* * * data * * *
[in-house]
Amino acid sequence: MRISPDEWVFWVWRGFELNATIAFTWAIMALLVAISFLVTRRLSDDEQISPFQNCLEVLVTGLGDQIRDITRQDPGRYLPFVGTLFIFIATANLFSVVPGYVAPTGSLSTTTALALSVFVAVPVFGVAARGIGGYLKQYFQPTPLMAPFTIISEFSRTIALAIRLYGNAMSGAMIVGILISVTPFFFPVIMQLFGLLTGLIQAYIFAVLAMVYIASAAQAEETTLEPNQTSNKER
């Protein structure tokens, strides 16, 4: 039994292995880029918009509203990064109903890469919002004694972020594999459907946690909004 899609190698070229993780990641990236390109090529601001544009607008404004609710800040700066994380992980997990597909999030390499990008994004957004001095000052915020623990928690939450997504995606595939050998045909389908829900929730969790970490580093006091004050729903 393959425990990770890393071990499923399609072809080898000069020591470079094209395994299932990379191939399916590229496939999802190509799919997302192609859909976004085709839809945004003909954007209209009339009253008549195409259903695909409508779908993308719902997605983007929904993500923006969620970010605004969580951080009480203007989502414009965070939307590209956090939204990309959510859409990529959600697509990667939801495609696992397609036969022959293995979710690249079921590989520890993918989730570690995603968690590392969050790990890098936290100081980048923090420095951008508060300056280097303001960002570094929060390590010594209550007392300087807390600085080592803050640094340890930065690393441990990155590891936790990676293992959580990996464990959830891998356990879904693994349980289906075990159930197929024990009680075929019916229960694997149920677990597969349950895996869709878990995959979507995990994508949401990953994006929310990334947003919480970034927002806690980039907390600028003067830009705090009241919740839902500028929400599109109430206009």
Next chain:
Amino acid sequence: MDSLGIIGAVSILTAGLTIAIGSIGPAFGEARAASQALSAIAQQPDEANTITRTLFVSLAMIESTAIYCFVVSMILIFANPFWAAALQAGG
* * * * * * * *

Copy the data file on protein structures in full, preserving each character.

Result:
[in-house]
Amino acid sequence: MRISPDEWVFWVWRGFELNATIAFTWAIMALLVAISFLVTRRLSDDEQISPFQNCLEVLVTGLGDQIRDITRQDPGRYLPFVGTLFIFIATANLFSVVPGYVAPTGSLSTTTALALSVFVAVPVFGVAARGIGGYLKQYFQPTPLMAPFTIISEFSRTIALAIRLYGNAMSGAMIVGILISVTPFFFPVIMQLFGLLTGLIQAYIFAVLAMVYIASAAQAEETTLEPNQTSNKER
């Protein structure tokens, strides 16, 4: 039994292995880029918009509203990064109903890469919002004694972020594999459907946690909004 899609190698070229993780990641990236390109090529601001544009607008404004609710800040700066994380992980997990597909999030390499990008994004957004001095000052915020623990928690939450997504995606595939050998045909389908829900929730969790970490580093006091004050729903 393959425990990770890393071990499923399609072809080898000069020591470079094209395994299932990379191939399916590229496939999802190509799919997302192609859909976004085709839809945004003909954007209209009339009253008549195409259903695909409508779908993308719902997605983007929904993500923006969620970010605004969580951080009480203007989502414009965070939307590209956090939204990309959510859409990529959600697509990667939801495609696992397609036969022959293995979710690249079921590989520890993918989730570690995603968690590392969050790990890098936290100081980048923090420095951008508060300056280097303001960002570094929060390590010594209550007392300087807390600085080592803050640094340890930065690393441990990155590891936790990676293992959580990996464990959830891998356990879904693994349980289906075990159930197929024990009680075929019916229960694997149920677990597969349950895996869709878990995959979507995990994508949401990953994006929310990334947003919480970034927002806690980039907390600028003067830009705090009241919740839902500028929400599109109430206009």
Next chain:
Amino acid sequence: MDSLGIIGAVSILTAGLTIAIGSIGPAFGEARAASQALSAIAQQPDEANTITRTLFVSLAMIESTAIYCFVVSMILIFANPFWAAALQAGG